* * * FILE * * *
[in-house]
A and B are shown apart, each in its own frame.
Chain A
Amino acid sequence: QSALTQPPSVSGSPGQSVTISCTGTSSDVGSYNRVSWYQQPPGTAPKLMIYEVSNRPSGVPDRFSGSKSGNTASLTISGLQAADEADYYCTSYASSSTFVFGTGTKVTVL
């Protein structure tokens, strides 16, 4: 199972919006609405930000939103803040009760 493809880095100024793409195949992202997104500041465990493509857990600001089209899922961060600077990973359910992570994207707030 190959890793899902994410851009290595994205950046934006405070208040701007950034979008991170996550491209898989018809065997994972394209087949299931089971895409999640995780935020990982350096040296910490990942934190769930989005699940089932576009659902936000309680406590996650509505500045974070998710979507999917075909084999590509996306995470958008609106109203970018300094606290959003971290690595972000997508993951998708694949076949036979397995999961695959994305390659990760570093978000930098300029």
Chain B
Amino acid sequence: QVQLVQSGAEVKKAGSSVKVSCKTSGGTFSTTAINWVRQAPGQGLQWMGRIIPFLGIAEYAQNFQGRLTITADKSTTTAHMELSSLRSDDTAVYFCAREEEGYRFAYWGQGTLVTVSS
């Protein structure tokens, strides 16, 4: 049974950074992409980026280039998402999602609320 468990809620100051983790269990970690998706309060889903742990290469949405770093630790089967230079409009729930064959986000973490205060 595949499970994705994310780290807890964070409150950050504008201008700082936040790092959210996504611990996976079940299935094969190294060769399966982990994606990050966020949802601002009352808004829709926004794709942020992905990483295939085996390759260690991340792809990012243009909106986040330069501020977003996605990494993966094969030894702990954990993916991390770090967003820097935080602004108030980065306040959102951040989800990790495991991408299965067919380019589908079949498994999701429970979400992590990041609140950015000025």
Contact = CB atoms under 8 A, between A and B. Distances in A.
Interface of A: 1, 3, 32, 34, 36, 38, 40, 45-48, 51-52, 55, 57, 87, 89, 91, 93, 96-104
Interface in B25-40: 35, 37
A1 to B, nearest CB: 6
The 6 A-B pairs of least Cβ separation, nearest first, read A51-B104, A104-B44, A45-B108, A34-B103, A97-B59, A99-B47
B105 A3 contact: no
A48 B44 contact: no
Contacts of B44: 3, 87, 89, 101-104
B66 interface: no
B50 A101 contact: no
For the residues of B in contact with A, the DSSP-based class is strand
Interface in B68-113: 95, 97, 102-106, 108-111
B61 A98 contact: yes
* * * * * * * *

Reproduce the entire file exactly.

[in-house]
A and B are shown apart, each in its own frame.
Chain A
Amino acid sequence: QSALTQPPSVSGSPGQSVTISCTGTSSDVGSYNRVSWYQQPPGTAPKLMIYEVSNRPSGVPDRFSGSKSGNTASLTISGLQAADEADYYCTSYASSSTFVFGTGTKVTVL
């Protein structure tokens, strides 16, 4: 199972919006609405930000939103803040009760 493809880095100024793409195949992202997104500041465990493509857990600001089209899922961060600077990973359910992570994207707030 190959890793899902994410851009290595994205950046934006405070208040701007950034979008991170996550491209898989018809065997994972394209087949299931089971895409999640995780935020990982350096040296910490990942934190769930989005699940089932576009659902936000309680406590996650509505500045974070998710979507999917075909084999590509996306995470958008609106109203970018300094606290959003971290690595972000997508993951998708694949076949036979397995999961695959994305390659990760570093978000930098300029």
Chain B
Amino acid sequence: QVQLVQSGAEVKKAGSSVKVSCKTSGGTFSTTAINWVRQAPGQGLQWMGRIIPFLGIAEYAQNFQGRLTITADKSTTTAHMELSSLRSDDTAVYFCAREEEGYRFAYWGQGTLVTVSS
């Protein structure tokens, strides 16, 4: 049974950074992409980026280039998402999602609320 468990809620100051983790269990970690998706309060889903742990290469949405770093630790089967230079409009729930064959986000973490205060 595949499970994705994310780290807890964070409150950050504008201008700082936040790092959210996504611990996976079940299935094969190294060769399966982990994606990050966020949802601002009352808004829709926004794709942020992905990483295939085996390759260690991340792809990012243009909106986040330069501020977003996605990494993966094969030894702990954990993916991390770090967003820097935080602004108030980065306040959102951040989800990790495991991408299965067919380019589908079949498994999701429970979400992590990041609140950015000025």
Contact = CB atoms under 8 A, between A and B. Distances in A.
Interface of A: 1, 3, 32, 34, 36, 38, 40, 45-48, 51-52, 55, 57, 87, 89, 91, 93, 96-104
Interface in B25-40: 35, 37
A1 to B, nearest CB: 6
The 6 A-B pairs of least Cβ separation, nearest first, read A51-B104, A104-B44, A45-B108, A34-B103, A97-B59, A99-B47
B105 A3 contact: no
A48 B44 contact: no
Contacts of B44: 3, 87, 89, 101-104
B66 interface: no
B50 A101 contact: no
For the residues of B in contact with A, the DSSP-based class is strand
Interface in B68-113: 95, 97, 102-106, 108-111
B61 A98 contact: yes